Finding Providers

We found 4 providers with an interest in mood disorders and who accept Medicare near Dover, NH.

Randall L OBrien, MA, MSW
Specializes in Social Work
86 Locust Street
Dover, NH

Mr. Randall O'Brien is a social worker. These areas are among his clinical interests: depression, existential psychotherapy, and dissociative disorders. Patients gave Mr. O'Brien an average rating of 3.5 stars out of 5. He accepts several insurance carriers, including Magellan Health Services, Anthem, and Blue Cross/Blue Shield.

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Relevant Interests: , depression

All Interests: Depression, Dissociative Disorders, Men's Health Issues, Substance Abuse, Neglect, Group Therapy ... (Read more)

Dr. Ded Deborah H. H Hamilton, EdD, MSW
Specializes in Social Work
3 Woodchuck Lane
Somersworth, NH

Dr. Deborah Hamilton works as a social worker in Somersworth, NH and Greenland, NH. Clinical interests for Dr. Hamilton include depression, narrative therapy, and domestic abuse. Dr. Hamilton honors Magellan Health Services, Anthem, and Blue Cross/Blue Shield, as well as other insurance carriers.

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Relevant Interests: , depression

All Interests: Depression, Dissociative Disorders, Substance Abuse, Neglect, Education, Group Therapy Services, ... (Read more)

No Photo
Specializes in Psychology
16 Fifth Street
Dover, NH

Dr. Ann Hotchkiss works as a psychologist. Her areas of expertise include behavioral medicine, depression, and behavior therapy. She accepts Magellan Health Services, ValueOptions, and Anthem, as well as other insurance carriers. Dr. Hotchkiss is accepting new patients.

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Relevant Interests: , depression, bipolar disorder

All Interests: Behavioral Medicine, Depression, Phobias, Education, Cognitive-Behavioral Therapy, Individual ... (Read more)

Dr. Sheila H Gardner, PhD
Specializes in Psychology, Counseling
35 2nd Street
Dover, NH

Dr. Sheila Gardner specializes in psychology and counseling and practices in Dover, NH and Durham, NH. Dr. Gardner's clinical interests include life transitions, stress management, and meditation. She is an in-network provider for Blue Cross/Blue Shield, Cigna, CIGNA Plans, and more. She has an open panel.

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Relevant Interests: , bipolar disorder

All Interests: Grief, Anger Management, Relational Therapy, Employment Issues, Family Issues, Life Transitions, ... (Read more)

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What are Mood Disorders?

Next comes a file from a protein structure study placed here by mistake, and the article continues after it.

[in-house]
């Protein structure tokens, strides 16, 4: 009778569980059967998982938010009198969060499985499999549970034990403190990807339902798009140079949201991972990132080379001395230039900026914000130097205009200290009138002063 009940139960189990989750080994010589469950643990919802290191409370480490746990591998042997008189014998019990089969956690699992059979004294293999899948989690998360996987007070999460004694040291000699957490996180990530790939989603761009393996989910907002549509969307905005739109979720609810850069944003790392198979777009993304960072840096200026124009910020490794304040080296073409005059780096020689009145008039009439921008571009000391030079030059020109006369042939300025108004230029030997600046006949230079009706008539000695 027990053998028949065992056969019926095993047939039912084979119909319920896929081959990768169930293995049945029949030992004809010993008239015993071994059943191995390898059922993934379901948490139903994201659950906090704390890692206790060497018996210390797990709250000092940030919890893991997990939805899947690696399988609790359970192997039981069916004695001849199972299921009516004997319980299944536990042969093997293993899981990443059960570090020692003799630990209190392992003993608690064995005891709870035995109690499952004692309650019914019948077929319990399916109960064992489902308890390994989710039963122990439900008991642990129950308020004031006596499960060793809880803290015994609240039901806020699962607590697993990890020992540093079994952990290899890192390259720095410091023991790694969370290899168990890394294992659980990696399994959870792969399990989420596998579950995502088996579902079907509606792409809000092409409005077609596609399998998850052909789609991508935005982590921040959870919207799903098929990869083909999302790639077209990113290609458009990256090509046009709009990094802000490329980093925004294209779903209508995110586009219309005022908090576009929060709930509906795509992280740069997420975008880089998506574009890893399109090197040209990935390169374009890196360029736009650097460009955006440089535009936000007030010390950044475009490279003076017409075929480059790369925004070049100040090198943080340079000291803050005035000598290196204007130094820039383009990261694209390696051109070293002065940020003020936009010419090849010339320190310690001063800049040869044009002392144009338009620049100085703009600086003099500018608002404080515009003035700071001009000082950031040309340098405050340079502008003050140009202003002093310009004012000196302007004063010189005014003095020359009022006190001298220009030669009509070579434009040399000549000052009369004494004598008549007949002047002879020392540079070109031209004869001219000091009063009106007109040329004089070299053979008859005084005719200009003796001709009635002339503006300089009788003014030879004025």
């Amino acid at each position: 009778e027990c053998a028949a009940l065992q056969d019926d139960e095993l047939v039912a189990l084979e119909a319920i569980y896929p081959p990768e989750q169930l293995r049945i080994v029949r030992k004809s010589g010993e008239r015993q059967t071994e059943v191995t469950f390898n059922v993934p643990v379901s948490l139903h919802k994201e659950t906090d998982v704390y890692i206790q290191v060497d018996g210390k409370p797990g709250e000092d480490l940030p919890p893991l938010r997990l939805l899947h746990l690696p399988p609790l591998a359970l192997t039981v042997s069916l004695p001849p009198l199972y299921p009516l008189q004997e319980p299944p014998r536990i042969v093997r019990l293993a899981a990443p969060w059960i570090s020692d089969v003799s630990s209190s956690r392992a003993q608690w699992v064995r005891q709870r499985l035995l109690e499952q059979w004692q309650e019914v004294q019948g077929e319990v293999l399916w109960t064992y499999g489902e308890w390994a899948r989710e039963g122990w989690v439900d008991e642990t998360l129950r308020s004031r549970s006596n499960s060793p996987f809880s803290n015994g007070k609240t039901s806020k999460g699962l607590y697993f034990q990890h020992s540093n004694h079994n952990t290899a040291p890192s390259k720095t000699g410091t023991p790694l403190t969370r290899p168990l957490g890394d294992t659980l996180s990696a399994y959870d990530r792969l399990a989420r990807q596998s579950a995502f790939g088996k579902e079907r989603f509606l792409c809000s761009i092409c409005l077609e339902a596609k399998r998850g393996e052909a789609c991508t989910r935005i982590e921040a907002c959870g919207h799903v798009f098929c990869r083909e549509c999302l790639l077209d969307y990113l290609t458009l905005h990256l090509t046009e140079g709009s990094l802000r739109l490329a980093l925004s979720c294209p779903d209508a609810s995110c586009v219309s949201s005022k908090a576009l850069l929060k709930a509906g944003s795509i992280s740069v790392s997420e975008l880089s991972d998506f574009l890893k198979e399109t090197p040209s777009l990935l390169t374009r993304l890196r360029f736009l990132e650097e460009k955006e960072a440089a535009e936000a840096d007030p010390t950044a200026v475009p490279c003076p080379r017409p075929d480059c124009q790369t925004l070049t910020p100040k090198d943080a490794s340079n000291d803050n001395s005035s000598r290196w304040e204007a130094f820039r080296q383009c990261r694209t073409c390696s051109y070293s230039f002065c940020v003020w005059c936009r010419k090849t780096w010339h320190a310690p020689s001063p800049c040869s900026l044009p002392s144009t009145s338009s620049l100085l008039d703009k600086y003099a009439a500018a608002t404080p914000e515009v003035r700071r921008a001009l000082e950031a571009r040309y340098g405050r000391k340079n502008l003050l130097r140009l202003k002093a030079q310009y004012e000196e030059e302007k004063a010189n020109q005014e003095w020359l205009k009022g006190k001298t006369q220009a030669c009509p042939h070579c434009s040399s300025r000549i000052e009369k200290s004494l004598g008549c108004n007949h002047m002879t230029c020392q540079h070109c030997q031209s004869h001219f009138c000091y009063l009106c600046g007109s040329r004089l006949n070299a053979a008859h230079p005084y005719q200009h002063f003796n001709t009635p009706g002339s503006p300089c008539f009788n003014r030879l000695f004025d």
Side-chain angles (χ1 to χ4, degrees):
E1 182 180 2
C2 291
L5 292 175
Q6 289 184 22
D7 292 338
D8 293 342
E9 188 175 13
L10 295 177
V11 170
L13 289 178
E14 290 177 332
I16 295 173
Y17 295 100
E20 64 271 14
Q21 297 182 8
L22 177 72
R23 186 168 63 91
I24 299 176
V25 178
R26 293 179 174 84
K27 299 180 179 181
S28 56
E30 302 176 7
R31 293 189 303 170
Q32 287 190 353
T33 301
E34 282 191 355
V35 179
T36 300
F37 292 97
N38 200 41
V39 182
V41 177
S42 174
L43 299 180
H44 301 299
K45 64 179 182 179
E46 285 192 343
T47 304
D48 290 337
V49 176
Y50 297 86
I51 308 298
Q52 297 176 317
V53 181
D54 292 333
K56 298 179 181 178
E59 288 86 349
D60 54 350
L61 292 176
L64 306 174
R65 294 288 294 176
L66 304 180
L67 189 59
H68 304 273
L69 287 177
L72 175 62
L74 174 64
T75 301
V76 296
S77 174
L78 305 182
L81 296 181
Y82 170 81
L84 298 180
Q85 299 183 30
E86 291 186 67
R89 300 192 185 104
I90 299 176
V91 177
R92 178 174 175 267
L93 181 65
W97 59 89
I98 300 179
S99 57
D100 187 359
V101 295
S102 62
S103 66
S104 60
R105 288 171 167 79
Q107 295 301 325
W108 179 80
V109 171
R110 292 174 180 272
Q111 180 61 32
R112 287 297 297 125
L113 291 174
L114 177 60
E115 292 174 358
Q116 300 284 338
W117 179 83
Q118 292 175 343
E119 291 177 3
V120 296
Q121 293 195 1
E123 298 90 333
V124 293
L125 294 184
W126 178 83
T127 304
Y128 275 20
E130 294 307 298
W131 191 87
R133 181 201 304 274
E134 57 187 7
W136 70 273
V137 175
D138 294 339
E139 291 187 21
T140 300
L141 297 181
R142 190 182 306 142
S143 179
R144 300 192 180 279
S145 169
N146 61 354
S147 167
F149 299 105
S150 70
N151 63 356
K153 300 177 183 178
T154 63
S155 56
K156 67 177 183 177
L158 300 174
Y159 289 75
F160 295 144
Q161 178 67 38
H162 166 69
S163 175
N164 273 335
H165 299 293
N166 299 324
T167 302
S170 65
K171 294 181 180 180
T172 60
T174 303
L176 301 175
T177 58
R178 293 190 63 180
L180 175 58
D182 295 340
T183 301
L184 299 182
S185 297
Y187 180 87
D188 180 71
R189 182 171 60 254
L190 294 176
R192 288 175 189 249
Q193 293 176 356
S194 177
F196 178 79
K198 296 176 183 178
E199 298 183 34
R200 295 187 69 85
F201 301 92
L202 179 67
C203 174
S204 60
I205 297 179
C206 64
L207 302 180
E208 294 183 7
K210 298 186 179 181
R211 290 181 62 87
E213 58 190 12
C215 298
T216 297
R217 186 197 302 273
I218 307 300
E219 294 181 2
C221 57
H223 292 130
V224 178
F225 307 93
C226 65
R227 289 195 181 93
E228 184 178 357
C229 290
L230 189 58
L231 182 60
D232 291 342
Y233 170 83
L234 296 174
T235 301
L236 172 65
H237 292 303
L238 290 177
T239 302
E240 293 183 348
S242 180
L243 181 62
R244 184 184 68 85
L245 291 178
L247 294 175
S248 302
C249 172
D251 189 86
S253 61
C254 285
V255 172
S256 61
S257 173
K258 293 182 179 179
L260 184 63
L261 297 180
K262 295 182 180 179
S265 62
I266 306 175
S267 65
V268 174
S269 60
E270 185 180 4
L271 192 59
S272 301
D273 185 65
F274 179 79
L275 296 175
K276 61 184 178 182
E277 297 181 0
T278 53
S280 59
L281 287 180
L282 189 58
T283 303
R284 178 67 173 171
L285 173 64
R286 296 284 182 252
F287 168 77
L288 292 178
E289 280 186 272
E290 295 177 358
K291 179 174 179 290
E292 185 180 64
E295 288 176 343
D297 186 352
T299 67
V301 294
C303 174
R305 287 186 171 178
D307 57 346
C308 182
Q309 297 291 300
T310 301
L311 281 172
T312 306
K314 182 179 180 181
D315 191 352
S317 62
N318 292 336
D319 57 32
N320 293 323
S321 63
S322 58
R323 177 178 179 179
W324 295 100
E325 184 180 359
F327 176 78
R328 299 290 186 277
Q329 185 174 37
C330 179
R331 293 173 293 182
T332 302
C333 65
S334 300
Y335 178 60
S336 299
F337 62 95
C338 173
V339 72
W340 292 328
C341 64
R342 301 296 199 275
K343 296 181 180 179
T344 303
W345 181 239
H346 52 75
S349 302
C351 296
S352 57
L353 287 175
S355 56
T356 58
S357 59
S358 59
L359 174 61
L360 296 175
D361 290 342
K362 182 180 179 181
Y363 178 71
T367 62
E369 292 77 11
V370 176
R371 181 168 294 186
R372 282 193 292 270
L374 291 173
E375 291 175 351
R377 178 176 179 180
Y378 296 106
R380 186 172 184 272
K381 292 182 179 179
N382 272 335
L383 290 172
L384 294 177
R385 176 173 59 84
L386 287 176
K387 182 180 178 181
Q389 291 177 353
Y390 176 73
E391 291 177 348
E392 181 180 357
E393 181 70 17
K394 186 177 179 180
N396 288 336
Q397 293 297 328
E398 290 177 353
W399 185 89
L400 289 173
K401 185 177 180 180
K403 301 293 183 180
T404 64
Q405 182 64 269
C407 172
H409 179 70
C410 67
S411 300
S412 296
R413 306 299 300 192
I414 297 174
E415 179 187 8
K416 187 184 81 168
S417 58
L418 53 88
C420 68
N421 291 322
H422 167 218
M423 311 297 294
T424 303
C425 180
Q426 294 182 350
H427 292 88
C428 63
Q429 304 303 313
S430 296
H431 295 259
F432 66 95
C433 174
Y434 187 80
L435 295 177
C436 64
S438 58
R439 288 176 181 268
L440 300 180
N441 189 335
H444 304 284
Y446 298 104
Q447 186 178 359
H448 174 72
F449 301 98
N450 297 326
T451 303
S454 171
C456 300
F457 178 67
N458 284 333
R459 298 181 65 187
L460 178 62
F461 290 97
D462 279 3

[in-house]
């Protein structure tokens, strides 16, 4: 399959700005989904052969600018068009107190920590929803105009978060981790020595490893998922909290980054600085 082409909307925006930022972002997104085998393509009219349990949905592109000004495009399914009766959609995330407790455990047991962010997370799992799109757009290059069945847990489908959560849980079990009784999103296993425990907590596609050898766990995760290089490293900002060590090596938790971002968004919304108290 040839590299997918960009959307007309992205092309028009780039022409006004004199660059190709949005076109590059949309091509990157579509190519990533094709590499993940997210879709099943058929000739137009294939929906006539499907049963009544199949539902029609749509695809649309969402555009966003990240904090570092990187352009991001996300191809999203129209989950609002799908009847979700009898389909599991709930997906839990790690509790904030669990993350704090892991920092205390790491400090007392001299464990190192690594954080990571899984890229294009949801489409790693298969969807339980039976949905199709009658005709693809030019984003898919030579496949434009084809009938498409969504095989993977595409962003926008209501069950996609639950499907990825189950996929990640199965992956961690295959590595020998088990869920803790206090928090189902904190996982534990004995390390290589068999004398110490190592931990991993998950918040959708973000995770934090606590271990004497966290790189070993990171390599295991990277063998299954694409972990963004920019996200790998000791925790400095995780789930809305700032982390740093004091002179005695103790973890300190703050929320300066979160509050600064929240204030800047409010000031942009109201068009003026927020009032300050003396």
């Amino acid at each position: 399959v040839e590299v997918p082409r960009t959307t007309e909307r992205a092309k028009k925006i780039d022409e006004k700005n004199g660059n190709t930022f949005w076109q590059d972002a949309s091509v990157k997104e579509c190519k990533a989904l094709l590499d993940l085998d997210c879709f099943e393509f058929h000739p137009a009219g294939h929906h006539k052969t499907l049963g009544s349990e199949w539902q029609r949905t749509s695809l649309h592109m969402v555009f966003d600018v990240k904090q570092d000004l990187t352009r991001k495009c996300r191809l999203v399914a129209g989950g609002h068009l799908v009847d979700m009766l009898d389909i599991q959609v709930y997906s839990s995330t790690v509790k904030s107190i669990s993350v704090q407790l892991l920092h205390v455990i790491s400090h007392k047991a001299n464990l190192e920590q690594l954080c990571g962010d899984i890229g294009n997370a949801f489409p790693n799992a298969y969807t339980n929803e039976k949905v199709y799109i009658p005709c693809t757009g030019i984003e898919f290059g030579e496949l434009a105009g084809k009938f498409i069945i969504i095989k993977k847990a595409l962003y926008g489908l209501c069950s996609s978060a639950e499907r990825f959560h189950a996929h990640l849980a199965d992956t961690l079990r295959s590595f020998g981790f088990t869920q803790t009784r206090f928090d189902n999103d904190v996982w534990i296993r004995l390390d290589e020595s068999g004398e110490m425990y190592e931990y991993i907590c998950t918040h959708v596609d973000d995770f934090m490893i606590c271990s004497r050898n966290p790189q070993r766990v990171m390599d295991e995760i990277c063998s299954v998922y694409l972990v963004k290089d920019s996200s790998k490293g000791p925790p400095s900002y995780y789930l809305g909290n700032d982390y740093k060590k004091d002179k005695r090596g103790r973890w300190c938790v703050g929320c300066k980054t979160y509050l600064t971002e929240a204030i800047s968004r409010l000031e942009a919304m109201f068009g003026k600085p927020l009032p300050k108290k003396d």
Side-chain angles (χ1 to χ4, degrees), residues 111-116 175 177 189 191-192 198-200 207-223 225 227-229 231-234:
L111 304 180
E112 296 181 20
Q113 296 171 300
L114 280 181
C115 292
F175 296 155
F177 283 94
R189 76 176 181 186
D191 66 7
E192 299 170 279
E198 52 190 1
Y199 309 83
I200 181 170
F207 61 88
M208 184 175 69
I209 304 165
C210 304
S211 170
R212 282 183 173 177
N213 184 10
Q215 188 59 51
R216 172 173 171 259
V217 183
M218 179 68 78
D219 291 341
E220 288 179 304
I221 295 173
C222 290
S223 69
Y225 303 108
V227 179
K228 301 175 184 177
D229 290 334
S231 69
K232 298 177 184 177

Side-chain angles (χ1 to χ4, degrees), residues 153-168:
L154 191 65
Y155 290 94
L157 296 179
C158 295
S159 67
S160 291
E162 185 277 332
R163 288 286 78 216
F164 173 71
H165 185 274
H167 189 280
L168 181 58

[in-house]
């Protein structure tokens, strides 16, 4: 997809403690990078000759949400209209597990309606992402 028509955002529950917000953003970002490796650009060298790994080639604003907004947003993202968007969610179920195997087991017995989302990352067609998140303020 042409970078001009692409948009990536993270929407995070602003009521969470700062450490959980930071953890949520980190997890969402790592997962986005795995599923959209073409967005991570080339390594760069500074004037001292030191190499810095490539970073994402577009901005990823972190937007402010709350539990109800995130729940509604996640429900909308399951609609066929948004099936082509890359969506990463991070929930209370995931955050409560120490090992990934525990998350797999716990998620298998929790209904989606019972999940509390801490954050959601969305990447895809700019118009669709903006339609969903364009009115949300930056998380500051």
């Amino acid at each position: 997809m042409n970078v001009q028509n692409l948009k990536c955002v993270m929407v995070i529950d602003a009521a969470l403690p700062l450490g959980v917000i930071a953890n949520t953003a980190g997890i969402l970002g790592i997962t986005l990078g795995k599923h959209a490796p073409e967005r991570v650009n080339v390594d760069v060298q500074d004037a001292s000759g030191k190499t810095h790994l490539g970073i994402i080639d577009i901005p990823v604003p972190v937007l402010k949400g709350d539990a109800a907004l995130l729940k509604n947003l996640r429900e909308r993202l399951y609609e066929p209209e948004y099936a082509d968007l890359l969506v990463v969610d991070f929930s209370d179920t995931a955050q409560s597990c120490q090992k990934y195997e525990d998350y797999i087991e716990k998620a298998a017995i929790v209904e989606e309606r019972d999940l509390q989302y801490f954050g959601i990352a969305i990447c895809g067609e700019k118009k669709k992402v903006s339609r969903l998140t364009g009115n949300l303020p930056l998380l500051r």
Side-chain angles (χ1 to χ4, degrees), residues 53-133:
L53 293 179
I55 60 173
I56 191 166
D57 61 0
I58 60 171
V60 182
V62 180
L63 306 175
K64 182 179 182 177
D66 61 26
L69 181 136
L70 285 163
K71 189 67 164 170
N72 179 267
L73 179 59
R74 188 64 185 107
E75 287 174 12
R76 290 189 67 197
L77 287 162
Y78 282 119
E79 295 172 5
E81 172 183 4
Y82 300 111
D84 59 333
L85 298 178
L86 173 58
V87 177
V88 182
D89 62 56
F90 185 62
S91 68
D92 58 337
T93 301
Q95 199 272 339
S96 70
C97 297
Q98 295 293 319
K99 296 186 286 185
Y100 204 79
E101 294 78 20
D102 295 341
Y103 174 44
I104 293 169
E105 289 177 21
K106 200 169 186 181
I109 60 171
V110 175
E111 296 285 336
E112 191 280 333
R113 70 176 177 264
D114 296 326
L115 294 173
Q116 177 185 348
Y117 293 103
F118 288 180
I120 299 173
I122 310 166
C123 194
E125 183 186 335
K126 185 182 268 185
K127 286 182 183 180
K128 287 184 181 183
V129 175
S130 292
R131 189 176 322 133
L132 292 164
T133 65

Mood disorders are mental illnesses that primarily impact a person’s feelings, or mood. A person with a mood disorder might have primarily negative or primarily positive feelings, or maybe very few feelings at all. They might cycle back and forth from feeling unusually down to feeling on top of the world. Mood disorders are challenging to live with and frequently misunderstood, but they are also treatable. The two main mood disorders are depression and bipolar disorder.

In depression, people feel unusually sad, empty, hopeless, or unhappy. They may have low self-esteem, a lack of energy, and little interest in the world around them. They may have trouble sleeping and eating regularly. Everyone feels blue now and then, but depression is different. It is much more intense than a typical down day. It lasts much longer, and it interferes with people’s ability to do the things they normally do. At its worst, depression can even lead to thoughts of suicide.

Bipolar disorder sometimes feels like depression. But a person with bipolar disorder cycles through periods of depressed mood and elevated mood, or mania. Mania is like the opposite of depression. Manic people might feel invincible and unusually happy. They might talk or move quickly and not need very much sleep. They might spend too much, eat too much, gamble, or engage in risky and impulsive behavior. In severe cases, they may even hear voices or hallucinate. There is a subset of bipolar disorder called bipolar II, with typical depression symptoms but a milder form of mania, called hypomania. Hypomania includes many of the feelings of full mania but fewer of the risky and dangerous behaviors. Approximately six million Americans suffer from bipolar disorder. It tends to run in families, but the exact cause is still not well known.

There are several effective treatments available for mood disorders, including medications and talk therapy. Not every treatment will work for every person, so it sometimes takes time to find the right fit. A good mental health professional can help.